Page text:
Postman Pat pencil case

Postman Pat pencil case

Other model letter boxes have uses across many different areas. For example, in the kitchen you might find a letter box teapot, jug, or salt and pepper shakers. In the office you could keep your letters in a letter box letter rack and keep your papers tidy with a letter box paperweight. Brush your hair with a letter box comb; keep your place in your favourite book with a letter box bookmark. Kids can keep their pens and pencils in a letter box pencil case with Postman Pat on the front, and finally, when you leave the house, you can lock the door with your keys firmly attached to a letter box key ring!

All of these items and more can be found in the Wilkinson Collection. This not only shows the wide ranging influence of the letter box but also shows the many different directions that collecting can take you in. I’m sure Ian Wilkinson had little concept of the diverse range of objects that portrayed letter boxes when he started to collect them, yet the collection is all the more interesting for it.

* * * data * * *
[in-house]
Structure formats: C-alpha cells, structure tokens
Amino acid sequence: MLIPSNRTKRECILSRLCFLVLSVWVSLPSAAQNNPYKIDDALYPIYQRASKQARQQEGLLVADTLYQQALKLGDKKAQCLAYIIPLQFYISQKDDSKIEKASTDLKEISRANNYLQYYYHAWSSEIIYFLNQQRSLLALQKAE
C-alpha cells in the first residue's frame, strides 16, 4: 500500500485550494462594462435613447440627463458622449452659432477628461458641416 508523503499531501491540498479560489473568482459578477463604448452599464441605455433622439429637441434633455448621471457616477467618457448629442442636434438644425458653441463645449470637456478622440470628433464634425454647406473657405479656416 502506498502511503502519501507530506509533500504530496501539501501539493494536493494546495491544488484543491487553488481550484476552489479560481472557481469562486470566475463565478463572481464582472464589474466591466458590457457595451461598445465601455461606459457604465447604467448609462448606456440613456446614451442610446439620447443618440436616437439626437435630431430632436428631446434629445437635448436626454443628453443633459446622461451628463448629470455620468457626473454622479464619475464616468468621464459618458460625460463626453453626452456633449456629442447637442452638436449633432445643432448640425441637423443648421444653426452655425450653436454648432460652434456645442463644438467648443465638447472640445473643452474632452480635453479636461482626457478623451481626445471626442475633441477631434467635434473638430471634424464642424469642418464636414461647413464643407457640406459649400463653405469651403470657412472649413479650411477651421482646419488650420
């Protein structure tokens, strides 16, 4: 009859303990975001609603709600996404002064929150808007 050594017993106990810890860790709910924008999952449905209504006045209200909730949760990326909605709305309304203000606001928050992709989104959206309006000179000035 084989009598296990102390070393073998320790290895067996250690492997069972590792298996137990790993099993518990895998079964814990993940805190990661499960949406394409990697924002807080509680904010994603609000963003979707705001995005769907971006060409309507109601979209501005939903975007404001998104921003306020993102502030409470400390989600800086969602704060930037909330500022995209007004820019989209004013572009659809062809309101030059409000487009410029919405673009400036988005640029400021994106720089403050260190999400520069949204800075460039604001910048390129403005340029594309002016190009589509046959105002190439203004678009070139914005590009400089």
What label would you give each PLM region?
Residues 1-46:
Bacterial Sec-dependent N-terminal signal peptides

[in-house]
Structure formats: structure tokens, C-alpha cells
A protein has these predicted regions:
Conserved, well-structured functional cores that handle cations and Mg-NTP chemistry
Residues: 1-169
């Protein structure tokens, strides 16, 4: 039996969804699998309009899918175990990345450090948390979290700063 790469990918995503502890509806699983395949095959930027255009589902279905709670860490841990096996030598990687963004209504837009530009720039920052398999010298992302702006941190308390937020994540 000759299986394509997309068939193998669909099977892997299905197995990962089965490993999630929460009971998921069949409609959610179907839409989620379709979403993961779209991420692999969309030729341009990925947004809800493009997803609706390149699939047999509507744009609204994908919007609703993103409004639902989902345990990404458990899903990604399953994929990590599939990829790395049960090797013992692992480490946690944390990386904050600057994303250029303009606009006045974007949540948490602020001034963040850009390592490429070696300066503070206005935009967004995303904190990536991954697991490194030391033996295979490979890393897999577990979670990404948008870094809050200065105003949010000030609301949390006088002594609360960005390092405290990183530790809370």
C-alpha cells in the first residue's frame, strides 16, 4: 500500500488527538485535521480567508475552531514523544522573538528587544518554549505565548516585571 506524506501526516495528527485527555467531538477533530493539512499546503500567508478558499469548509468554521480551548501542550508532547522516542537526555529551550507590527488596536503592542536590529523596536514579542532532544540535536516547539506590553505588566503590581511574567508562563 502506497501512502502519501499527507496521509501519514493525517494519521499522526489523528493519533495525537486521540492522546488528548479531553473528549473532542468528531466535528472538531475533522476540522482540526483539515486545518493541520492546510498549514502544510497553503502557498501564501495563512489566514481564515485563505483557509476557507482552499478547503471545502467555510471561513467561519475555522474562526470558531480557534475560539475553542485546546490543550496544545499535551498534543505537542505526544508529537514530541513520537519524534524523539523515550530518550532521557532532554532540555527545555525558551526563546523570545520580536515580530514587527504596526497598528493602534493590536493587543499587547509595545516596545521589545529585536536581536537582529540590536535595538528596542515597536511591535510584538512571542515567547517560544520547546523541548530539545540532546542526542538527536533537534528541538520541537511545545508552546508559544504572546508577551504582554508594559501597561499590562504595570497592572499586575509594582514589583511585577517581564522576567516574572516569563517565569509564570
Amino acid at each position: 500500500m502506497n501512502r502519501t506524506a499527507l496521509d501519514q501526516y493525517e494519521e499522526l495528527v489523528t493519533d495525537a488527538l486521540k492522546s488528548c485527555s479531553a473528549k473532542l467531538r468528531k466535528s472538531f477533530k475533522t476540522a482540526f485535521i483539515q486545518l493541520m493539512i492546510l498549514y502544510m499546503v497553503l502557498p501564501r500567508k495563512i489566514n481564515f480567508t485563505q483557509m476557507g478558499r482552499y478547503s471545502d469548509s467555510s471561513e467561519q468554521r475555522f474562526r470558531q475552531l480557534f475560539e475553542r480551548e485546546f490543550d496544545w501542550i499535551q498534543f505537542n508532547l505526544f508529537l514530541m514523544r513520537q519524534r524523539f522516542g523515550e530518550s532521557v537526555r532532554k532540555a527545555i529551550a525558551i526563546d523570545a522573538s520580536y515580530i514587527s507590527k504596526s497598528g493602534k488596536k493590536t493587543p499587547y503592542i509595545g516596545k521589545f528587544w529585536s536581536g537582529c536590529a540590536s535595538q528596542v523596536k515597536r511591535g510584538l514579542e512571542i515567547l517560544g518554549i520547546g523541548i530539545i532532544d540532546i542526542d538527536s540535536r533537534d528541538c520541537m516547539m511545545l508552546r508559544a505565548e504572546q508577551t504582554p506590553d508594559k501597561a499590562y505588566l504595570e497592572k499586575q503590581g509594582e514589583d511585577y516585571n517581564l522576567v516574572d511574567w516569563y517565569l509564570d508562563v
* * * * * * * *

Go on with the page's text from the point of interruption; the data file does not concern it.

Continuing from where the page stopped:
A group of novelty items in the Wilkinson Collection

A group of novelty items in the Wilkinson Collection

The Wilkinson Collection – Model china letter boxes.

By Emma Harper, Cataloguer (Collections)

A large part of the Wilkinson Collection consists of model china letter boxes and it is these that I have been cataloguing over the past weeks. Although many of the objects collected by Ian Wilkinson were collected for their visual interest – the fact that they depicted a letter box in some way – they were normally manufactured as partly functional objects, such as money boxes. However, the model china letter boxes are unusual, in that they are purely decorative.